Fight Club: France and Italy
BSSB.BE politico.eu 11/02/2019
* Political satire is a serious thing. In democratic newspapers throughout the world there are daily cartoons that often are not even funny, as is the case especially in many English-language newspapers. Instead, they contain a political message, and the artist takes full responsibility. Umberto Eco
In announcing its decision to pull its diplomat from Rome this week, France accused the country’s populist government of launching a series of “targeted, baseless attacks” as part of an effort to “manipulate the relationship for electoral aims.”
Indeed, the spat between the two European powers — the worst since World War II, according to France’s foreign ministry — is about more than just a diplomatic tit-for-tat. It’s the start of a new way of doing politics in Europe.
Historically, EU politics has been more of a national affair than a truly European one. When it comes to electing the next European Parliament, for example, voters across the bloc cast their ballots on different dates, for national parties and candidates running on national programs.
Over the past six decades, national leaders have only very rarely interfered in one another’s domestic affairs. Conflicts between capitals were largely seen as a contradiction between the principle of loyal cooperation that binds the bloc’s members.
That may all be in the past.
- The leaders of Italy’s populist government — anti-establishment 5Star Movement chief Luigi Di Maio and far-right leader Matteo Salvini — have realized they can score political points at home by toying with the domestic issues of another country.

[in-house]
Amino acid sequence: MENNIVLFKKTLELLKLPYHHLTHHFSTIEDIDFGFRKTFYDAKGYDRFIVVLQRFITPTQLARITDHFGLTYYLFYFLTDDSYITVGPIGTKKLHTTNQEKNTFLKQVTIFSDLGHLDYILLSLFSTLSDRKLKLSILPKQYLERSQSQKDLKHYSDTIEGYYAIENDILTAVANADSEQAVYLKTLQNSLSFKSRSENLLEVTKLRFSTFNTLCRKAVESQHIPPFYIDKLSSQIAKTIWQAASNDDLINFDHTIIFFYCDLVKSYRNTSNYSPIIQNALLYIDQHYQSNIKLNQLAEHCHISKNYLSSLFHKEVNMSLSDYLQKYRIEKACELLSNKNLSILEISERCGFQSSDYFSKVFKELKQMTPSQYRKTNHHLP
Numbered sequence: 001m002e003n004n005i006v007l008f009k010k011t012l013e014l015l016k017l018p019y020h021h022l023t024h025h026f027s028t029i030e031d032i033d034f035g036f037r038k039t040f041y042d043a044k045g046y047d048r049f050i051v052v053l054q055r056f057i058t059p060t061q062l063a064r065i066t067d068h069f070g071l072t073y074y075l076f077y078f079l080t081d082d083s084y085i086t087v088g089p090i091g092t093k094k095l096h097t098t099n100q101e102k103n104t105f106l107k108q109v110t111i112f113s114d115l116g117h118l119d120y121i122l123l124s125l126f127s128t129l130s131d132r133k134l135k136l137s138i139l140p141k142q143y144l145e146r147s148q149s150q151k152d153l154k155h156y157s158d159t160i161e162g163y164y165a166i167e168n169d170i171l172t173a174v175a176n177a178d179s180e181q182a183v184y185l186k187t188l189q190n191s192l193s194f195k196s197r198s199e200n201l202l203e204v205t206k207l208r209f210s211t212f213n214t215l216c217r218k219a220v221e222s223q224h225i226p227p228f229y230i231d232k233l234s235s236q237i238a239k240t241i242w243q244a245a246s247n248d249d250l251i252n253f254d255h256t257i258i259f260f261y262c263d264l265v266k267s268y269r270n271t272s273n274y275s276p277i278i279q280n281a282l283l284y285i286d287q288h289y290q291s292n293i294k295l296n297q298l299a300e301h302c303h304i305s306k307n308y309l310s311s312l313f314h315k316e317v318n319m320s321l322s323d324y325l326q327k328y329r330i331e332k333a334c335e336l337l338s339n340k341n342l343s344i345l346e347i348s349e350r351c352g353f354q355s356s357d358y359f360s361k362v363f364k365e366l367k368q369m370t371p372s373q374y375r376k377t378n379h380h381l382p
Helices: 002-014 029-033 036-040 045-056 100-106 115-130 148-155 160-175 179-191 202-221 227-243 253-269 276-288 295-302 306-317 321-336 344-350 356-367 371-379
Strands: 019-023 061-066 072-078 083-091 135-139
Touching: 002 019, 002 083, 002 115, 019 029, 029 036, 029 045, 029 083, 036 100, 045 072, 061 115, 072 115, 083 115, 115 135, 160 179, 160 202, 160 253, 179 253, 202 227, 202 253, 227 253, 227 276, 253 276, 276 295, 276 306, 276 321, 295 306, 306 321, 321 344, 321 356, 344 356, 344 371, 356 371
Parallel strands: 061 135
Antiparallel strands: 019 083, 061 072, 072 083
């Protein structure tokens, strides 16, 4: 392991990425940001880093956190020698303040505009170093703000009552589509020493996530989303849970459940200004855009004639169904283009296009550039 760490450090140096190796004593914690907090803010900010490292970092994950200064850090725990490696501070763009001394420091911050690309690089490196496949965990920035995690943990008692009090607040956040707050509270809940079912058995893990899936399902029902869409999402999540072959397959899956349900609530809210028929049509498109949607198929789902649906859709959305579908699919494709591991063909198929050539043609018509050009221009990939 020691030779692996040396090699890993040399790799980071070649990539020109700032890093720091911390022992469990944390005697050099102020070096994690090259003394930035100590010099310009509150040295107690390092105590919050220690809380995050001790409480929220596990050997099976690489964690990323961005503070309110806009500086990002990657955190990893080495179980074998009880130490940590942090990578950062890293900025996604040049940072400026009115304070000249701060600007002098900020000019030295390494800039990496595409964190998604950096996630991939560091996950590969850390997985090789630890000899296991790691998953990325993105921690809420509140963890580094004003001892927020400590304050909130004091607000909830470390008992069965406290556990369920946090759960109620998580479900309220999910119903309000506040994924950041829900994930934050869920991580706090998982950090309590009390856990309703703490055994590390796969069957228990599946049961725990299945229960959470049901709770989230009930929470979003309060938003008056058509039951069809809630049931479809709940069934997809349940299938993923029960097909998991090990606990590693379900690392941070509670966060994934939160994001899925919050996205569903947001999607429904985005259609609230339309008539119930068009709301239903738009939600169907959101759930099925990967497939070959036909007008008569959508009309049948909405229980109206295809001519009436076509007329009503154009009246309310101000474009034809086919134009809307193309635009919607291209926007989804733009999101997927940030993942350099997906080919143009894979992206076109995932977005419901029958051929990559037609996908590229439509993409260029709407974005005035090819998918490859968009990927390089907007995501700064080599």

- Salvini has blamed France’s colonial history for the migration crisis and encouraged the French to vote against their president in the upcoming European election. Di Maio met with prominent members of the Yellow Jackets, the movement that has attacked Emmanuel Macron’s presidency and roiled French politics since last November.
These types of personal provocations first made an appearance during the eurozone crisis, when tensions ran high between the Greek and German governments as the bloc faced the possibility of a “Grexit.” But the French-Italian spat has taken it to the next level.
Paris and Rome are in effect airing the EU’s dirty laundry, shining a light on the disagreements heads of state and government typically keep behind closed doors at meetings of the European Council. They are giving the public a taste of the deeper disagreements that stand in the way of smooth EU decision-making — including on the question of migration.
- The highly emotional dispute between the two capitals risks dredging up historical grievances and bringing deeply rooted cultural biases back to life.
- It also predates the current populist government, and has been building over several years, as a result of clashes over military intervention in Libya and control of France’s largest shipyard.
But there’s a silver lining too: This type of public bilateral dispute, by bringing disagreements into the open, may end up creating a new political space in which to hash out common European challenges.